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Thursday, September 22, 2011

The many types of wills - a dictionary

A will is a will, right? Most of us think we'd know a will if we saw one, but in fact there are several types of wills out there. Whether you're an executor trying to deal with an estate or you're trying to figure out what kind of will you need yourself, the array of possible wills can be confusing. I've often heard and seen the names of the various types of documents being misused, even by professional advisors. Wouldn't it be great if you only had a dictionary to tell you the difference between them? Read on, as I've devised my own little lexicon of wills to help you navigate the world of wills:

Codicil - This is an amendment to a will that is made when there is already a valid will in place. It is intended to make only a small change or supplement to the existing will without invalidating the will. It has the same signing and witnessing requirements as a formal will. Codicils, popular in the days when wills had to be typed individually, are beginning to fall out of favour with the advent of technology that allows us to prepare a new will quickly. They are valid everywhere in Canada.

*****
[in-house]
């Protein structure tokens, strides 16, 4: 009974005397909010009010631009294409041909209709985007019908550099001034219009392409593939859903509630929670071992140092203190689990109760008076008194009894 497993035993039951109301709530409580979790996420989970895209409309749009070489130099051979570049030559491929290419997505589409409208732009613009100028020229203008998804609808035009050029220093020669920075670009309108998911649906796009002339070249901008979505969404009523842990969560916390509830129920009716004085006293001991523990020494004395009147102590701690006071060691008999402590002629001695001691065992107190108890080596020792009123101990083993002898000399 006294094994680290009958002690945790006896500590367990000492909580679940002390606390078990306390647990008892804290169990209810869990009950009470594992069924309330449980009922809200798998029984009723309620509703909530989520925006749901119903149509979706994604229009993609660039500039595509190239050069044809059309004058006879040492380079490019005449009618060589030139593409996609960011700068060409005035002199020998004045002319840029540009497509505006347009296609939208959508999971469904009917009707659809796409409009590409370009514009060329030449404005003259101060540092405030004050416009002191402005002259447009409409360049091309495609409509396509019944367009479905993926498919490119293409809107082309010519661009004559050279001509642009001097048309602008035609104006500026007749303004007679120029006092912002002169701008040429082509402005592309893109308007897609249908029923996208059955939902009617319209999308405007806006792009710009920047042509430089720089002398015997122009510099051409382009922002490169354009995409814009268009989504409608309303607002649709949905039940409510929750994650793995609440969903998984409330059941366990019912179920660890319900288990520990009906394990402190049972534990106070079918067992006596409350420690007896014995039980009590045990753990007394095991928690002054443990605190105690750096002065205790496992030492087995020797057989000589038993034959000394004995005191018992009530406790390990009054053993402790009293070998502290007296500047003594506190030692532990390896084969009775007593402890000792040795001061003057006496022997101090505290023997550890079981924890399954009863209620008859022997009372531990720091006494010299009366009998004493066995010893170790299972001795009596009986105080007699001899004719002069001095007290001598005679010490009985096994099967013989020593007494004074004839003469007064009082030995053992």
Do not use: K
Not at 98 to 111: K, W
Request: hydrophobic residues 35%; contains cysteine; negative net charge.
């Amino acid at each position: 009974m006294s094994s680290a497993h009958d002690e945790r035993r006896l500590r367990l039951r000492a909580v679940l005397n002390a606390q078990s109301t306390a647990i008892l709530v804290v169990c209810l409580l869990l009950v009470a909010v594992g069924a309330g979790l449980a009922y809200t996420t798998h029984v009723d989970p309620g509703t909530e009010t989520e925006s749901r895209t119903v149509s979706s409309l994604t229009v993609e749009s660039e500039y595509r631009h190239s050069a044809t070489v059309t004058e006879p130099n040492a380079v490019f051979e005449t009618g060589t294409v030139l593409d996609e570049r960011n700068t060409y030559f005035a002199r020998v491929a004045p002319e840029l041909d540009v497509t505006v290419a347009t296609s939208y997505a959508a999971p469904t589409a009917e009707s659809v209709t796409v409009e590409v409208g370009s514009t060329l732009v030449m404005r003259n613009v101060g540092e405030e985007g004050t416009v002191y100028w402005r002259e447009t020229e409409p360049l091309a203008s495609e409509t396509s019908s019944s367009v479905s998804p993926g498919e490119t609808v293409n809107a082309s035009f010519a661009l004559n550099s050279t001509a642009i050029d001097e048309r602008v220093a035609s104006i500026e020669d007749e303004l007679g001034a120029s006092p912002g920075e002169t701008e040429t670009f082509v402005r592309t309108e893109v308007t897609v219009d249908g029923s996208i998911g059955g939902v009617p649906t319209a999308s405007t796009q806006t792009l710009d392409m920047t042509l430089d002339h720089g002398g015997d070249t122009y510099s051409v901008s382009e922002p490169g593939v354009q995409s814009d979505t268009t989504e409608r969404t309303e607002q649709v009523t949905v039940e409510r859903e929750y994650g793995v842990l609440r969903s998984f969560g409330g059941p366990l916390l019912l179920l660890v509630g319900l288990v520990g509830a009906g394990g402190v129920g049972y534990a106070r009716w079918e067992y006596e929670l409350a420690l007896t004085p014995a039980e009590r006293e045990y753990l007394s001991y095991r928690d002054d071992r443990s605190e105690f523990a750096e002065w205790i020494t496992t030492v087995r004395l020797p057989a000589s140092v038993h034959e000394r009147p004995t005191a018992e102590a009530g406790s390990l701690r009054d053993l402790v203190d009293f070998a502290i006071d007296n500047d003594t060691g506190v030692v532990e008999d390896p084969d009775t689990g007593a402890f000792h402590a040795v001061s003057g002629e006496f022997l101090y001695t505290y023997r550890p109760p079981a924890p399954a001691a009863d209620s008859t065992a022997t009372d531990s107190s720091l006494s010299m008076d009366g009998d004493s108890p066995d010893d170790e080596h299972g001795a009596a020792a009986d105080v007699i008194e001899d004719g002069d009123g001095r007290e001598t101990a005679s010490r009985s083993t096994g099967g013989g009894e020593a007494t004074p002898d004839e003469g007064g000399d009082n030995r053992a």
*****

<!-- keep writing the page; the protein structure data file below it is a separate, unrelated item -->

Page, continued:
Formal will, a.k.a. conventional will - This refers to a standard will that is prepared on a computer or word processor and that follows the rules of a valid will. This usually means that the will is signed at the end by the testator (i.e. the person whose will it is) in front of two witnesses who are present at the same time. These are valid everywhere in Canada.

Holograph will - This refers to a will that is 100% in the handwriting of the testator. It doesn't need witnesses, but it must be signed and dated by the testator. Holograph wills are valid in most, but not all, Canadian provinces and territories.

International will - This type of will is relatively rare, as it is only useful to high net worth people who have probatable assets in different countries and who do not choose to prepare separate wills in those countries. The form of an international will is set by a covention that is recognized internationally.